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Dr. Bill's Commentaries

Closing the loop   (February 7, 2010)

For years, the dream of "closing the loop" -- developing an algorithm that would allow a glucose-sensing device to control an insulin-delivery device -- has been an elusive dream. There have been many clues that it should be possible to figure out a program whereby either high or low blood sugar levels would be interpreted by a computer, which in turn would adjust an insulin pump's rate of delivery of insulin.

Indeed, back in the 1970's, a very expensive device called a "Biostator" was developed which did just that. It measured blood glucose, which it withdrew at the rate of 70cc/24 hours (roughly 2 tablespoons/day), and it changed the rate of insulin delivery -- the insulin was administered intravenously. It was the size of a "small refrigerator" and required a technician baby-sitting it full-time to avoid the risk of it going haywire (described scientifically as having "technical difficulties"). It was used occasionally in hospital settings, such as during surgical procedures, but clearly it wasn't practical for everyday use, and it soon became a dream that faded with the light of day.

But the dream of closing the loop continues, and is being pursued by several insulin pump companies. Ideally, a continuous glucose monitoring (CGM) device would sample blood or interstitial fluid glucose levels, then a computer algorithm would compare the glucose level to where it should be, and how fast it's changing, and then instruct an insulin pump to adjust the rate of delivery of insulin to keep the blood glucose levels normal around-the-clock (day and night, after meals, and after exercise).

That's a very tall order, however. As one researcher in the field points out: "It will need to work, meaning it will need to control ones diabetes better than people with diabetes self-manage. It will need to be safe, which is critical. As you appreciate, too much insulin at the wrong time is dangerous and an artificial pancreas will need to have safety mechanisms built in that will eliminate technical failure. It will need to be easy enough to use in everyday life for the majority of people with diabetes. I don't plan to carry a refrigerator around with me and I'm sure you don't want to either!"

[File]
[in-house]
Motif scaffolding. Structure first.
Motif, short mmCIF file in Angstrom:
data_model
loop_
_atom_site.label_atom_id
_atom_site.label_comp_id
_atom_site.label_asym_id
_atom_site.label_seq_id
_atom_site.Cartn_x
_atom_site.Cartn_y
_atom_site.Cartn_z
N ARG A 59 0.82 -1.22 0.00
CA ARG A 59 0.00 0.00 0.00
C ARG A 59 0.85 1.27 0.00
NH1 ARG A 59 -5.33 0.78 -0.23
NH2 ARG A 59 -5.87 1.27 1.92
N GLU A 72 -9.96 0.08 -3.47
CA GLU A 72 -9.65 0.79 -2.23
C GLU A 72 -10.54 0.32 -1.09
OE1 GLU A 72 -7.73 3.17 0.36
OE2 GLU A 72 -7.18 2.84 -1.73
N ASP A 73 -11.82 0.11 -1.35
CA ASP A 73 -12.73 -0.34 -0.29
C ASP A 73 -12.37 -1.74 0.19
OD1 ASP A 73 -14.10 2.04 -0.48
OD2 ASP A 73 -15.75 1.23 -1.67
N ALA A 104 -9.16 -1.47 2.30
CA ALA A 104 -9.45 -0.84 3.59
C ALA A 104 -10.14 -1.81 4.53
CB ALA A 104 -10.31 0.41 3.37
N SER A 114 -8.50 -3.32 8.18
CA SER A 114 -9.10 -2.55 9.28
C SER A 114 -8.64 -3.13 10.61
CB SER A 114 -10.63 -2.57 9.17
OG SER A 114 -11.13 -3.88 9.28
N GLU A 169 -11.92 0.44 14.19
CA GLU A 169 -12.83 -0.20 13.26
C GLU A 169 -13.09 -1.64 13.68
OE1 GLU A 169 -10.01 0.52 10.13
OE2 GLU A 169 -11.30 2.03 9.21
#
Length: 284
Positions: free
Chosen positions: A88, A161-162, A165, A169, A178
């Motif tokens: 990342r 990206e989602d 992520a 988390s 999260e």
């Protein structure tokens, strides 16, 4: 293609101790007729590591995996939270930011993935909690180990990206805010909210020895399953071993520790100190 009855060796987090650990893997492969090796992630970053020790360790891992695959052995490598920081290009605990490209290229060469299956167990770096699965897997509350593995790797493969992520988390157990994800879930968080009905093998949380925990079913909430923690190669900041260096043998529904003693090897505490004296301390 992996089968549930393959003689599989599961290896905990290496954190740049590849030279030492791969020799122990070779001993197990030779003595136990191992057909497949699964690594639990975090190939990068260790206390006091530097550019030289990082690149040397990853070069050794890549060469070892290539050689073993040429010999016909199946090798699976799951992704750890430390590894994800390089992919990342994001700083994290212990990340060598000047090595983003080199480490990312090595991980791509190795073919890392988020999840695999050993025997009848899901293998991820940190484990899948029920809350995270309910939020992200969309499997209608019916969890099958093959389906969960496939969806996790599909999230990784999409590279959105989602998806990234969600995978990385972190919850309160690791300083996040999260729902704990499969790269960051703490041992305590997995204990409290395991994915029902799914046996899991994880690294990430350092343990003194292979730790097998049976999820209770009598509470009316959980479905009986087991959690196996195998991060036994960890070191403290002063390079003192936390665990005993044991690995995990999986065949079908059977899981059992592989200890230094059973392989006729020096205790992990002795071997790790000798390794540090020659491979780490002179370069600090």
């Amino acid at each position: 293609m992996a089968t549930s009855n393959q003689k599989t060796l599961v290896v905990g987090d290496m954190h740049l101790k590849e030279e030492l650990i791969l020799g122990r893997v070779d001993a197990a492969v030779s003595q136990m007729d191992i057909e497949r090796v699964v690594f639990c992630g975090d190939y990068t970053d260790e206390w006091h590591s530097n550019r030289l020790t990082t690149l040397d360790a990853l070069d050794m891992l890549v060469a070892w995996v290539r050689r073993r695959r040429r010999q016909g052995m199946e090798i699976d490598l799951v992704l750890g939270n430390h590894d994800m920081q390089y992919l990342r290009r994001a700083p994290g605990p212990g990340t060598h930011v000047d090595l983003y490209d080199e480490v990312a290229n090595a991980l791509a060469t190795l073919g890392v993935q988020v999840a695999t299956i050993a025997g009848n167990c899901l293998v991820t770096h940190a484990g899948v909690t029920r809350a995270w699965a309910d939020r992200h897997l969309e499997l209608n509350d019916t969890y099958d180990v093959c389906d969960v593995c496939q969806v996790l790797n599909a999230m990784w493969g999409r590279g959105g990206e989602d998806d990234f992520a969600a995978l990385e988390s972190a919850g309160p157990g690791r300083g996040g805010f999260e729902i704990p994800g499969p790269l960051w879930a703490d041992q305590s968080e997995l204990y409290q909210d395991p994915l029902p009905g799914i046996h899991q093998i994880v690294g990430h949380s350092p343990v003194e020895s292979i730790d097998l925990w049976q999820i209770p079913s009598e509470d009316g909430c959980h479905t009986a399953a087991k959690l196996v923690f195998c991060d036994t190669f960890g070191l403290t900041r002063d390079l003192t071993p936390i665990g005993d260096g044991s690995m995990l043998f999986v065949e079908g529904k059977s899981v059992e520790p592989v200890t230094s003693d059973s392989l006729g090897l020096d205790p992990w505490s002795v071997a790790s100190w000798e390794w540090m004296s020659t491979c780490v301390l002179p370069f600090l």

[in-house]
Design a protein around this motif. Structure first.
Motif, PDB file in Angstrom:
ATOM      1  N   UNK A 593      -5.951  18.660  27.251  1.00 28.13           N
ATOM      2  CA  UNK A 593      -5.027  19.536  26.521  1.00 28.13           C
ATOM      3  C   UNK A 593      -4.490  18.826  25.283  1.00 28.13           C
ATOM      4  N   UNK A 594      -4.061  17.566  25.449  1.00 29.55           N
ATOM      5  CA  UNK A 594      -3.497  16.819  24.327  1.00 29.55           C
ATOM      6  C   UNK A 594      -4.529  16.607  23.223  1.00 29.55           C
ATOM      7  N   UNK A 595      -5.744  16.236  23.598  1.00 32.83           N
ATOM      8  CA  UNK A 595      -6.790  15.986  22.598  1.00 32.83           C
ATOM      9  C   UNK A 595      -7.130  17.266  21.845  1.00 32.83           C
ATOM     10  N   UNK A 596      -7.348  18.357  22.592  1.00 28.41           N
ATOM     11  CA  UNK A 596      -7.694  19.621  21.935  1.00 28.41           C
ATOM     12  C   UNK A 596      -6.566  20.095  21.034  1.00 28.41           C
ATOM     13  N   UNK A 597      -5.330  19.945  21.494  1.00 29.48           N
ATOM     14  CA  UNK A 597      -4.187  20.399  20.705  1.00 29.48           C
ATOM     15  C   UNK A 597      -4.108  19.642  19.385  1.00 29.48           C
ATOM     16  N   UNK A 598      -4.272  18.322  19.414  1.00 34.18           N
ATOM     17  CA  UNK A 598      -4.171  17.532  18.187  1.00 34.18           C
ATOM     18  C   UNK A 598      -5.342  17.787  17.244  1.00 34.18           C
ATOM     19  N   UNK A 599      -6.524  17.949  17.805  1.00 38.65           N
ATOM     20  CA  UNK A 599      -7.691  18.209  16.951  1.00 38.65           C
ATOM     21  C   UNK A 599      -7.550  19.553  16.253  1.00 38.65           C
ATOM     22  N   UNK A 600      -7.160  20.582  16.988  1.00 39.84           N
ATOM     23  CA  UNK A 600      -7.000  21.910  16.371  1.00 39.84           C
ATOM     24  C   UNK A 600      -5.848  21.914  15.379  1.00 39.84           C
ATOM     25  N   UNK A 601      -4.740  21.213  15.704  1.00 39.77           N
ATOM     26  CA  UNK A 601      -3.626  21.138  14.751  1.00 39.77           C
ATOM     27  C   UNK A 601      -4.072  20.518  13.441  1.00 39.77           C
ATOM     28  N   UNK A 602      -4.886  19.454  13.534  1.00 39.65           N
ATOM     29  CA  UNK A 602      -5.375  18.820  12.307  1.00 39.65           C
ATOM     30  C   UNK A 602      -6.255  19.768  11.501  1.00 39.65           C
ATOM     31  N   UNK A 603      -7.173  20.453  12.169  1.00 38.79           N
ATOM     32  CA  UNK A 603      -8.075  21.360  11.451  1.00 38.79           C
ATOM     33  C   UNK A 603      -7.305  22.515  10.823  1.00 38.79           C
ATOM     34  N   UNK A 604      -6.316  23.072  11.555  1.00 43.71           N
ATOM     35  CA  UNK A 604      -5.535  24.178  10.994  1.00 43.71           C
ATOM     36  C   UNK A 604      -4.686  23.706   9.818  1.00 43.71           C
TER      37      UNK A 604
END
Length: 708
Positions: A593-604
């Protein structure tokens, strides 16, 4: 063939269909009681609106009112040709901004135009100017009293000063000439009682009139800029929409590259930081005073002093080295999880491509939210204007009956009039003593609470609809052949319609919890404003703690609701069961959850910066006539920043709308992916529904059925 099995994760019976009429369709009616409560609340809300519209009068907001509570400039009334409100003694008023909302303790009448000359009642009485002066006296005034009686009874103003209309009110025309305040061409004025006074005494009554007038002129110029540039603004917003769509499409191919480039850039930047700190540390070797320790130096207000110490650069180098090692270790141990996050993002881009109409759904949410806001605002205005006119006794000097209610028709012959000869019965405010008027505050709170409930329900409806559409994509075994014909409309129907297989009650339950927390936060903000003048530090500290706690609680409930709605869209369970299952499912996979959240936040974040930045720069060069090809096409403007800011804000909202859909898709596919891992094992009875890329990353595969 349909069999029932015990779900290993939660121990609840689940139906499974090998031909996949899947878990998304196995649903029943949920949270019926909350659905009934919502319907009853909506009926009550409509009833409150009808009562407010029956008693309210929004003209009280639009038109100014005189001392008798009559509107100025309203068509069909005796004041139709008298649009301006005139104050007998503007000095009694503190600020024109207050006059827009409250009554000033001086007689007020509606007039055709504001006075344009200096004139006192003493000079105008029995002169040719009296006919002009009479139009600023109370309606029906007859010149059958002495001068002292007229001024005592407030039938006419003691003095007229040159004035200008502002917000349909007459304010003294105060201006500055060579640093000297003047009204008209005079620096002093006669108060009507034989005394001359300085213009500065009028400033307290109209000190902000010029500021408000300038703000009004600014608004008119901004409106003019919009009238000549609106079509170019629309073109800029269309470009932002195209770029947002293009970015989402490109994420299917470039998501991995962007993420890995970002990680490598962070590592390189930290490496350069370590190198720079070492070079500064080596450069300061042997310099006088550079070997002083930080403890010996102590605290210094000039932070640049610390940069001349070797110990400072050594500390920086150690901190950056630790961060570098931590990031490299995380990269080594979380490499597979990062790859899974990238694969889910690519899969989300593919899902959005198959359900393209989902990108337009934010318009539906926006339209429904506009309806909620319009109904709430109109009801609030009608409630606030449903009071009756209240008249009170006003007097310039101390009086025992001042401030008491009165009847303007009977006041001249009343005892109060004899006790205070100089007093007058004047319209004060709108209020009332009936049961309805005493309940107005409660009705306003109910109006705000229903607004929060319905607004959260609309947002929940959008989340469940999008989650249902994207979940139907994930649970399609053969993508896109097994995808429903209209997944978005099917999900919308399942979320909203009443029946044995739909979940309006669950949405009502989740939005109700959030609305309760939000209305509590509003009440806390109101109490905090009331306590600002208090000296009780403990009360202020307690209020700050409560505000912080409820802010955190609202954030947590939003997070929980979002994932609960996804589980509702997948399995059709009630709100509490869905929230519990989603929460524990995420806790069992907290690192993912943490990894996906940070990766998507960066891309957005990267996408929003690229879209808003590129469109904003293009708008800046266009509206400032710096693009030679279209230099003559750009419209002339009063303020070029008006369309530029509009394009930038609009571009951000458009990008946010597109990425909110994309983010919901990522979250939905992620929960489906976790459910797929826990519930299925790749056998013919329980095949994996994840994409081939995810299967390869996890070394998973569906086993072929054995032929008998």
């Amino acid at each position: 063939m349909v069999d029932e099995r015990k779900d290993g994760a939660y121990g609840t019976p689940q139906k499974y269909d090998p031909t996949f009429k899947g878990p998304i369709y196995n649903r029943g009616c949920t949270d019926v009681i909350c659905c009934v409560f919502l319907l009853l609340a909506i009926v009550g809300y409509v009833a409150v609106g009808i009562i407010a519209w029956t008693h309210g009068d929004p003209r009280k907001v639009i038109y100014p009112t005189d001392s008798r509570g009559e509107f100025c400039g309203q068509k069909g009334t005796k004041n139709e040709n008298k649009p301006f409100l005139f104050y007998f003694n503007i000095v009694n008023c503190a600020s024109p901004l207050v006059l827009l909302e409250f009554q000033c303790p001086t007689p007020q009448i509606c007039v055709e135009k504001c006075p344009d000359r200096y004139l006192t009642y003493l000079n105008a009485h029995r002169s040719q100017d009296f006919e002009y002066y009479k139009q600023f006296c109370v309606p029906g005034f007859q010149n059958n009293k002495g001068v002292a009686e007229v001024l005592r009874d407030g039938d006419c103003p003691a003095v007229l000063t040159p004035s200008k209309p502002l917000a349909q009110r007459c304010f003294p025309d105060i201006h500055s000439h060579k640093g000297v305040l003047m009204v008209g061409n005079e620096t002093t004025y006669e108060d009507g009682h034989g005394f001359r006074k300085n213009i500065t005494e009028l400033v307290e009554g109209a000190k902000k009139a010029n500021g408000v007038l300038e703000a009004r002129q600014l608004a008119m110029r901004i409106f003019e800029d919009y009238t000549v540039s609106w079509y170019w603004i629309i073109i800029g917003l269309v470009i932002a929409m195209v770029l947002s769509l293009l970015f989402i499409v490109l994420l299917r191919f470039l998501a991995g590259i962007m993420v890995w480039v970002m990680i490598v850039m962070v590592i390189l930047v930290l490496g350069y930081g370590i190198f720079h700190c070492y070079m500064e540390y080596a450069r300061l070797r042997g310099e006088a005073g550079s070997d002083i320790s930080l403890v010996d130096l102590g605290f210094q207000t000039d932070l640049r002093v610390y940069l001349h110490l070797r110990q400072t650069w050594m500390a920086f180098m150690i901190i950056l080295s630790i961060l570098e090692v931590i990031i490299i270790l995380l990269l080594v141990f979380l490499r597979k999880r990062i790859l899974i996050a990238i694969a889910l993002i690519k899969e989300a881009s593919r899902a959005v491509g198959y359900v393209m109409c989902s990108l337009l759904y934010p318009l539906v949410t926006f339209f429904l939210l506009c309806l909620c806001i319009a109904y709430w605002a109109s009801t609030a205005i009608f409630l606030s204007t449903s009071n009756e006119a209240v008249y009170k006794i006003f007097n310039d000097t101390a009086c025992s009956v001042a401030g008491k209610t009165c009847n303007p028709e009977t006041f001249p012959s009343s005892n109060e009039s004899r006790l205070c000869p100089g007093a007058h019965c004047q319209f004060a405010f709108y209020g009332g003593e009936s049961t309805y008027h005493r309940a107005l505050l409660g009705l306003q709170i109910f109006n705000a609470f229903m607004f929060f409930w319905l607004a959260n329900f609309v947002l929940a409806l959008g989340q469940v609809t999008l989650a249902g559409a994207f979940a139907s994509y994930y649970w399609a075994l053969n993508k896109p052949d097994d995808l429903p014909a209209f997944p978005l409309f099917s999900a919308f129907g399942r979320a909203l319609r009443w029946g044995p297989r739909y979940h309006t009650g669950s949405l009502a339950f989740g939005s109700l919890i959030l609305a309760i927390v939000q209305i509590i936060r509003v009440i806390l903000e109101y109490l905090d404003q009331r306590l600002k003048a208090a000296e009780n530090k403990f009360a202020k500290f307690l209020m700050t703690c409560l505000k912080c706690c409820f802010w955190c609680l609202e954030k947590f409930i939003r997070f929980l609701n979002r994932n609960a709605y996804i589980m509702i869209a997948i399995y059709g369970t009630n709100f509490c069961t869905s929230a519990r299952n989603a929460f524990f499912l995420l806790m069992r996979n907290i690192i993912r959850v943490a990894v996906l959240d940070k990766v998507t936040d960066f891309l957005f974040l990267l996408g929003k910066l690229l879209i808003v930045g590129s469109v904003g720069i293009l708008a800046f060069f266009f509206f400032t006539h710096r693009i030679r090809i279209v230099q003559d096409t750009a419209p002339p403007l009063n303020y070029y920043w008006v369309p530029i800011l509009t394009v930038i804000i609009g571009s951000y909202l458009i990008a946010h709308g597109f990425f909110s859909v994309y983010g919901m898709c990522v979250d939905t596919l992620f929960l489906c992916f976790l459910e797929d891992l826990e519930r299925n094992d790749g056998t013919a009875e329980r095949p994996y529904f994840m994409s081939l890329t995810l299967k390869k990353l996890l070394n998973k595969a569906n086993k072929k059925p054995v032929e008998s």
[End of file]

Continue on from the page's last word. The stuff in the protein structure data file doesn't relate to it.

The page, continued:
The simplest example that is practical at this time would be a scenario in which a CGM device identifies a low interstitial fluid glucose level, which shuts down an insulin pump's delivery of insulin. Medtronic has such a device in Europe: "The Paradigm Veo is the world's first insulin pump equipped with a Low Glucose Suspend (LGS) function, offering automatic protection from severe hypoglycaemia."

This past week, a publication in The Lancet, Manual closed-loop insulin delivery in children and adolescents with type 1 diabetes: a phase 2 randomised crossover trial seems to have taken another small step towards the dream of closing the loop. There's been a lot of hype about this publication, such as a press release from the JDRF, Early Artificial Pancreas Trials Show Benefits for Kids, Teenagers with Diabetes While Sleeping Overnight which called it "a landmark study". But, in truth, it was a small and preliminary series of three studies - which failed to meet their primary endpoints. Even worse, in my opinion, is a comment buried in the abstract: "During closed-loop nights, glucose measurements were fed every 15 min into a control algorithm calculating rate of insulin infusion, and a nurse adjusted the insulin pump" (emphasis added). In other words, it's another Biostator all over again, if the researchers didn't trust their gadgets to automatically adjust insulin delivery.

There was some favorable data dredged out of these failed trials: A secondary analysis of pooled data documented increased time in the target range (60% vs 40%) and reduced time for which glucose concentrations were 3·90 mmol/L or lower (2·1% vs 4·1%). No events with plasma glucose concentration lower than 3·0 mmol/L were recorded during closed-loop delivery, compared with nine events during standard treatment. But if a study fails its primary endpoints, it's not a landmark study: it's a failed study.

The dream continues.

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Dr. Bill Quick began writing at HealthCentral's diabetes website in November, 2006. These essays are reproduced at D-is-for-Diabetes with the permission of HealthCentral.

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This page was new at D-is-for-Diabetes on March 26, 2012

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